Once a leader articulates a vision, he/she can develop and inspire a strategy to move from the mission to the vision. How can a strategy be developed without knowing where the organization is going? The simple answer is that it cannot. However, organizations are often guilty of doing just that. Contrasted to a strategy developed without knowledge of a vision, a vision directed strategy has the potential to transform an organization by providing not only clear direction, but also inspirational motivation and intellectual stimulation. In other words, the strategy will consist of intentional, informed, and integrated choices pulled by the vision.
A vision also provides an invisible umbrella under which co-workers have the ability to see and the latitude to decide how to best accomplish organizational objectives. Just as an umbrella protects against rain (challenging times) and sunlight (boom times), a vision provides the protection to co-workers decision-making and associated actions. Co-workers will be comfortable and not fear making the “one right” decision since the vision provides the protection under which a range of “right” decisions can be made. This provides true empowerment of the work force. However, the vision also pulls the co-worker toward decisions supporting the strategy. When one can clearly see the road ahead, it is much easier to make timely adjustments and execute innovative maneuvers.
The guidance of a vision is equally important to business in boom and challenging times. In economic boom times, when profits and funding come easy, organizations that make grievous errors in direction can still look good and grow. However, these strategic decisions made during boom times are painful and often fatal when challenging times inevitably return. A clear, communicated vision provides the solution and strong insurance that major strategic decisions are purposeful and on target. President John F. Kennedy’s vision of landing a man on the moon drove NASA’s strategy, inspired NASA’s co-workers, and led to the achievement of this objective during the turbulent time of the 60s.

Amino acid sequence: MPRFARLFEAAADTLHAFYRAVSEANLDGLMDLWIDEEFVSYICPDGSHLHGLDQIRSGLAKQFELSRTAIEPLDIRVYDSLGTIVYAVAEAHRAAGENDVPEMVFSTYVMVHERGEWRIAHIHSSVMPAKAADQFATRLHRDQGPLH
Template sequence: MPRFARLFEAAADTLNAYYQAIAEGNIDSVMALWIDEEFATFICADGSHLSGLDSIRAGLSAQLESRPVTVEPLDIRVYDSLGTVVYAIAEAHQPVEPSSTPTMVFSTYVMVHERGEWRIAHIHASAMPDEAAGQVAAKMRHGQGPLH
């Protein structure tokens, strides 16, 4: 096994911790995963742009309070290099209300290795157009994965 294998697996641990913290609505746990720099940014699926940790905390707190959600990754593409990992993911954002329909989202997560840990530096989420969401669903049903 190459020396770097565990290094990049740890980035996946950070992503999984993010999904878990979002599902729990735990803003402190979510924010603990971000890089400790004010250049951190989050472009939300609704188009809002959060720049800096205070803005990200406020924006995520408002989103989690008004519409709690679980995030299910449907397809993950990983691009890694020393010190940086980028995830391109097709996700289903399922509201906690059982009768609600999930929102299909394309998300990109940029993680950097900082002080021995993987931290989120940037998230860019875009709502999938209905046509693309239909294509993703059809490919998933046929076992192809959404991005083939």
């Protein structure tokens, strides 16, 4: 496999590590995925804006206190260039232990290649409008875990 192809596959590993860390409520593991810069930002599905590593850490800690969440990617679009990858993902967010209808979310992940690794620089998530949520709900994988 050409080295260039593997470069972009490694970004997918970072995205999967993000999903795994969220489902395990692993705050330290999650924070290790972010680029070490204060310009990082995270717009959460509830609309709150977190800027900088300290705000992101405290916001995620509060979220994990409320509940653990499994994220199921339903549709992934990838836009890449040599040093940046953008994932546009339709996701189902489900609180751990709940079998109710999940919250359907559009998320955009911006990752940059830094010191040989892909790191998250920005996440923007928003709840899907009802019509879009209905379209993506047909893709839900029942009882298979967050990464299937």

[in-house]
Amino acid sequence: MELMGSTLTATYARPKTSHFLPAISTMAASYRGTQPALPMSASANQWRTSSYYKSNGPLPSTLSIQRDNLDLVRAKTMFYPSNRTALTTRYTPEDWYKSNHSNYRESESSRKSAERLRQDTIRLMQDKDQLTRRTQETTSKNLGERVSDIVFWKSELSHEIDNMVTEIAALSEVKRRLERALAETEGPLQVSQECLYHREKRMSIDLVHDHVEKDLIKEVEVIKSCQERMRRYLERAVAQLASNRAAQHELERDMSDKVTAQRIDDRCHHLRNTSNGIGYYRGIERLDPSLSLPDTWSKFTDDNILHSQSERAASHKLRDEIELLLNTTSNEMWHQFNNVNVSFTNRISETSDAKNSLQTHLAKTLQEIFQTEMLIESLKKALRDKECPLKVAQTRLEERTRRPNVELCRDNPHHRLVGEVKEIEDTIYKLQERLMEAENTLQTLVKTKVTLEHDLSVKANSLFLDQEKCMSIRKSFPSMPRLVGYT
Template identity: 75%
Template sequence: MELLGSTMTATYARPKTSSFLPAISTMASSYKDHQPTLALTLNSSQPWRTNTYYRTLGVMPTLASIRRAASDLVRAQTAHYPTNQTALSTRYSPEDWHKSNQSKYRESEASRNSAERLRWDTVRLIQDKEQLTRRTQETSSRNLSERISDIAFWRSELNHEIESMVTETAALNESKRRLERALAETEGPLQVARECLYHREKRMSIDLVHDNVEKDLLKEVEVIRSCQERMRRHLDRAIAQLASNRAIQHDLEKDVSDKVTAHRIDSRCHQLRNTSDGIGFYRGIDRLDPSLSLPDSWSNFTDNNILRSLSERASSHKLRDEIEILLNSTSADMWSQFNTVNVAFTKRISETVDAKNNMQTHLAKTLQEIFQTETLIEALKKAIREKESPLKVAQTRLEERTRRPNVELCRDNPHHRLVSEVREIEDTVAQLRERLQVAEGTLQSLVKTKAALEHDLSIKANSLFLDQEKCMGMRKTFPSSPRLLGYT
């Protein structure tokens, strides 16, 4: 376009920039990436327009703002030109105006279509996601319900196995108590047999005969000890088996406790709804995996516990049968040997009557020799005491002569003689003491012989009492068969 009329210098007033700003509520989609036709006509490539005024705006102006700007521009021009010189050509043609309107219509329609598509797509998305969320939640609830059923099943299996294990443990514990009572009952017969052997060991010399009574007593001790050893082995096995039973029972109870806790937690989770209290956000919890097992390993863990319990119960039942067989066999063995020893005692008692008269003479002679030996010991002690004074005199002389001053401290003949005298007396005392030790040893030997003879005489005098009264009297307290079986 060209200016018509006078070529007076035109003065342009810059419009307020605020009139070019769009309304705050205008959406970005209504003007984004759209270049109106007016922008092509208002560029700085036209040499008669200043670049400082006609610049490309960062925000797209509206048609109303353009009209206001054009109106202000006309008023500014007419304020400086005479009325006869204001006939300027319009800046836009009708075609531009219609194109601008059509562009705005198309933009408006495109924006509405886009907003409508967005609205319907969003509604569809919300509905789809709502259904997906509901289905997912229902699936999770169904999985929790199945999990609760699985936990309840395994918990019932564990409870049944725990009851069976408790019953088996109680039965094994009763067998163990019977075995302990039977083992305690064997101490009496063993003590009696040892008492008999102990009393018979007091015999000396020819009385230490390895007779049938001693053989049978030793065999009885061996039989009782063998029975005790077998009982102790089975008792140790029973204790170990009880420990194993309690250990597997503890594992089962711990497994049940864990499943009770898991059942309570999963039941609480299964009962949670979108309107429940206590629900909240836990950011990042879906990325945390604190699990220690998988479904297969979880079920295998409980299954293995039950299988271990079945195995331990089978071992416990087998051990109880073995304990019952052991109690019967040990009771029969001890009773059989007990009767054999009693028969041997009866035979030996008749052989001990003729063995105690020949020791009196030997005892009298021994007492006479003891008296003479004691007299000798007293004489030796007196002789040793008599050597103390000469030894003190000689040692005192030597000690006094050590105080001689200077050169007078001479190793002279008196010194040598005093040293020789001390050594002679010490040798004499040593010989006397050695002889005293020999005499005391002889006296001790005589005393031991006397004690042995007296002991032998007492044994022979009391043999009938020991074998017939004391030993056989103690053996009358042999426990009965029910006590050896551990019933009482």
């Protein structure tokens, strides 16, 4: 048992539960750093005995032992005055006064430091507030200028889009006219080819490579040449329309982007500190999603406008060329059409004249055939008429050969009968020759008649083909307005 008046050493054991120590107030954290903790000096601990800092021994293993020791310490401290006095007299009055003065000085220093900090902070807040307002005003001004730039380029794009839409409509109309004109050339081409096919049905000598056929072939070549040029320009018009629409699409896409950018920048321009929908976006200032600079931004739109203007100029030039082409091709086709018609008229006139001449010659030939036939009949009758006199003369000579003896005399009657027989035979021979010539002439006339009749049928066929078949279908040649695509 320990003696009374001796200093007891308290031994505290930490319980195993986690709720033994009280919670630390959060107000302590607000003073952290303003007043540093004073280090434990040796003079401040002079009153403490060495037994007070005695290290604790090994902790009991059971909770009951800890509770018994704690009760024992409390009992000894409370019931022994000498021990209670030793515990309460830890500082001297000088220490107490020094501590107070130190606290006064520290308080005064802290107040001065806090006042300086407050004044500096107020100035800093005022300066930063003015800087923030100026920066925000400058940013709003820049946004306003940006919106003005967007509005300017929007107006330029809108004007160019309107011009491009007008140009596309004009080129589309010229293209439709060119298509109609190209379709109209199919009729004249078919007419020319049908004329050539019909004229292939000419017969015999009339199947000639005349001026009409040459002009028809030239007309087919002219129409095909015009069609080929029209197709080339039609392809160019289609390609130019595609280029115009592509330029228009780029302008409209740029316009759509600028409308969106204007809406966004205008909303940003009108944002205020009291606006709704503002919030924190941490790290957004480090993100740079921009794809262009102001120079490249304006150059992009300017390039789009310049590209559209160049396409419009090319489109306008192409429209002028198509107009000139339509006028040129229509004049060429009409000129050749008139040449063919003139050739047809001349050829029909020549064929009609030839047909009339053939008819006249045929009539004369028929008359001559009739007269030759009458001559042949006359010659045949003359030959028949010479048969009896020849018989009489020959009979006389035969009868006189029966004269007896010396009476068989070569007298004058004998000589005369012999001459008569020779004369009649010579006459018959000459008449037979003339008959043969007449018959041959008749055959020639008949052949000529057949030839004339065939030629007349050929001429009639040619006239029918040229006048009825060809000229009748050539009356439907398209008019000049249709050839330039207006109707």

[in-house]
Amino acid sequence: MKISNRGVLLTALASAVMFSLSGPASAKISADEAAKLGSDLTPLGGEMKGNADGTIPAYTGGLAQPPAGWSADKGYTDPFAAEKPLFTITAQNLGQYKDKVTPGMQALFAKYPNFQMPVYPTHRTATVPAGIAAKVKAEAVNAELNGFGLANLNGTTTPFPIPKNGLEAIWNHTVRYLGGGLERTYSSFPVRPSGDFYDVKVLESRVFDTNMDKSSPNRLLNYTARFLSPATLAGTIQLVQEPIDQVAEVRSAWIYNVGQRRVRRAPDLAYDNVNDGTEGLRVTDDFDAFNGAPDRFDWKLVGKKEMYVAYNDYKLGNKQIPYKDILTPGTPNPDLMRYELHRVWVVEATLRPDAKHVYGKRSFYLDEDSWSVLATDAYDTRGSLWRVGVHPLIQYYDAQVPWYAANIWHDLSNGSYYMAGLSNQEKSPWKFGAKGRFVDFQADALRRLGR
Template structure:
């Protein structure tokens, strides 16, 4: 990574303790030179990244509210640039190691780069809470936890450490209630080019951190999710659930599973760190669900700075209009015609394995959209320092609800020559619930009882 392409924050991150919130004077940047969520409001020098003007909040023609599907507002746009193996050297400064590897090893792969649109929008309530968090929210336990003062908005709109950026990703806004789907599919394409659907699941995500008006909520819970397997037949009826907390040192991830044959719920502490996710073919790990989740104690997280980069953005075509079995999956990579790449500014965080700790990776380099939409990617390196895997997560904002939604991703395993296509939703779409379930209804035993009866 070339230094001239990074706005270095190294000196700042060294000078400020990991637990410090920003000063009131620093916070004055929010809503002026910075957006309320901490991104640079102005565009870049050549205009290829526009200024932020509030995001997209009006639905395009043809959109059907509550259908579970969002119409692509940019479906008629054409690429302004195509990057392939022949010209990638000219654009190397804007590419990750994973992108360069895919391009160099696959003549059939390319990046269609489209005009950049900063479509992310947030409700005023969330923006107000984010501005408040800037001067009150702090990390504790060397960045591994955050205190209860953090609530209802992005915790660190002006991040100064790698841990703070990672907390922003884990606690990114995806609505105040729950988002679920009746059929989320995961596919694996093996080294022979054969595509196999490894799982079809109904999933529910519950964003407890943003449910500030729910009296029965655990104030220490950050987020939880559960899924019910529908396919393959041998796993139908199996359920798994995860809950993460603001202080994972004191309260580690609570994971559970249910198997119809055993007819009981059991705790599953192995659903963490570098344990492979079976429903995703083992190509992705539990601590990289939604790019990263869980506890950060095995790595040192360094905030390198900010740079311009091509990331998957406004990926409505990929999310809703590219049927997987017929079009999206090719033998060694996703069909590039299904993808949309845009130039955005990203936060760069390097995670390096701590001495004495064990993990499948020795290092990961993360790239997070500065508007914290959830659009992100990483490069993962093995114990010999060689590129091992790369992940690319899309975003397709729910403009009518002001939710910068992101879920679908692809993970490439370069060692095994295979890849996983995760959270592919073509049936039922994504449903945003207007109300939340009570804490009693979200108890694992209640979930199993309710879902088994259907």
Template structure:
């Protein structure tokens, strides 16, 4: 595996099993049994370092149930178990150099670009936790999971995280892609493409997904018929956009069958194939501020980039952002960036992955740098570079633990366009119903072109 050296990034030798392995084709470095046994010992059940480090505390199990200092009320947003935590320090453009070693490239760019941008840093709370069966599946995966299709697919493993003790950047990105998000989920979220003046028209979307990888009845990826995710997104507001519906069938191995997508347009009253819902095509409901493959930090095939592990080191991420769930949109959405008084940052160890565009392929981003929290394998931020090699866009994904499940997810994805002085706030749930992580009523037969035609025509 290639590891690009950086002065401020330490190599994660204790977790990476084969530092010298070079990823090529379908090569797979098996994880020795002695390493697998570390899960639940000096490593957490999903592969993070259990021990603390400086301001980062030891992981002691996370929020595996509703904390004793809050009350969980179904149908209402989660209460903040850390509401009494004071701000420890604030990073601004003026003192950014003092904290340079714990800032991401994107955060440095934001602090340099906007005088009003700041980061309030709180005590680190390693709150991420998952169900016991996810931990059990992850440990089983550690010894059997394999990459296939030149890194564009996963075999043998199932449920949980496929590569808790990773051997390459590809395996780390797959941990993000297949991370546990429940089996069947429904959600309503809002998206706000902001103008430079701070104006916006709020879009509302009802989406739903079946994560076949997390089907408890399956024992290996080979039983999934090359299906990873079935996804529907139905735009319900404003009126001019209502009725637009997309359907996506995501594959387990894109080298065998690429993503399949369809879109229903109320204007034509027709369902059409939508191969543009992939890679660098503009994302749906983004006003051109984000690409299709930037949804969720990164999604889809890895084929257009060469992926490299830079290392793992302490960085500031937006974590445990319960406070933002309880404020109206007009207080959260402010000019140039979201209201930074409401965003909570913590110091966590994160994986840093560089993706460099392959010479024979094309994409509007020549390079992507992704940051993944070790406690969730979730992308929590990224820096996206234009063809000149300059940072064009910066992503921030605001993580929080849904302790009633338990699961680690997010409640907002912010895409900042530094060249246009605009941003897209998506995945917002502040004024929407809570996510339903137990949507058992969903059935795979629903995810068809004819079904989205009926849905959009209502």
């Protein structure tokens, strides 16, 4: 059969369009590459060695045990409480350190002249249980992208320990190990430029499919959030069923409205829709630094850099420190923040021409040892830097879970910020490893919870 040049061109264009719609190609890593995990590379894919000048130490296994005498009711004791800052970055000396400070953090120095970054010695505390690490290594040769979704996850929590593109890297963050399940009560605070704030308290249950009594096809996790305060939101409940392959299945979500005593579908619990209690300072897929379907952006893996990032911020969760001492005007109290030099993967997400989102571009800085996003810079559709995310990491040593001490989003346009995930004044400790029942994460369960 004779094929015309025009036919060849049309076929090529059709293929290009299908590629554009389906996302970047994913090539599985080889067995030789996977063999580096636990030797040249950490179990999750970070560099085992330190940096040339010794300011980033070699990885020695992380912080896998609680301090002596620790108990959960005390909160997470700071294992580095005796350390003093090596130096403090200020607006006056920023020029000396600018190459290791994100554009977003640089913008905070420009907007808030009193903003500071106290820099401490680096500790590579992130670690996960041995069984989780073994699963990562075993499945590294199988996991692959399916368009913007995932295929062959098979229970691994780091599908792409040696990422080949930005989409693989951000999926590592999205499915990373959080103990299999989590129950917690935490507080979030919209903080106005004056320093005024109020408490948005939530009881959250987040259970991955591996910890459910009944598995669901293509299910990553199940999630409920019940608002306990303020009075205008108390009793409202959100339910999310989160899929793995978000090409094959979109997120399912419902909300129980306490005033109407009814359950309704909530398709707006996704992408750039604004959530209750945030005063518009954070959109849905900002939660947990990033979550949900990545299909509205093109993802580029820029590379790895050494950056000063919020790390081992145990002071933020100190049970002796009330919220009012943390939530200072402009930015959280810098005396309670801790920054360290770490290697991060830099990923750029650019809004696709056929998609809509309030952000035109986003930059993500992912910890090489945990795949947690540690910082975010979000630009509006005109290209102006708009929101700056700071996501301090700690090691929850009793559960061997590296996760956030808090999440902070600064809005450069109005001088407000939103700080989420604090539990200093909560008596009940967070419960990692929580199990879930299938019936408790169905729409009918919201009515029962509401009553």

During the “Great Recession”, the focus was on productivity and doing more with less. Too often, we now hear about co-worker burnout and studies indicating that employees are ready to change organizations once the economy improves. The invisible hand of vision inspires and encourages co-workers to struggle to succeed. Co-workers see how they fit in the organization vision and experience individual consideration. Vision also effectively controls the uncertainty imposed on organizations by their environment. With a communicated, lived vision, co-workers feel that their needs and development are important even during times of extreme challenge.
It all starts with a vision. Just as the invisible hand of the market describes the self-regulating nature of the marketplace where individual ambition benefits society, the invisible hand of vision harnesses individual motivation to the benefit of the organization with respect to implementing organizational strategy, inspiring co-workers, and achieving objectives.
Stephen Kirnon is VP and life sciences practice leader at Witt/Kieffer. He brings over 20 years of global experience in the pharmaceutical, biotechnology, drug delivery and medical device industries to his executive search practice.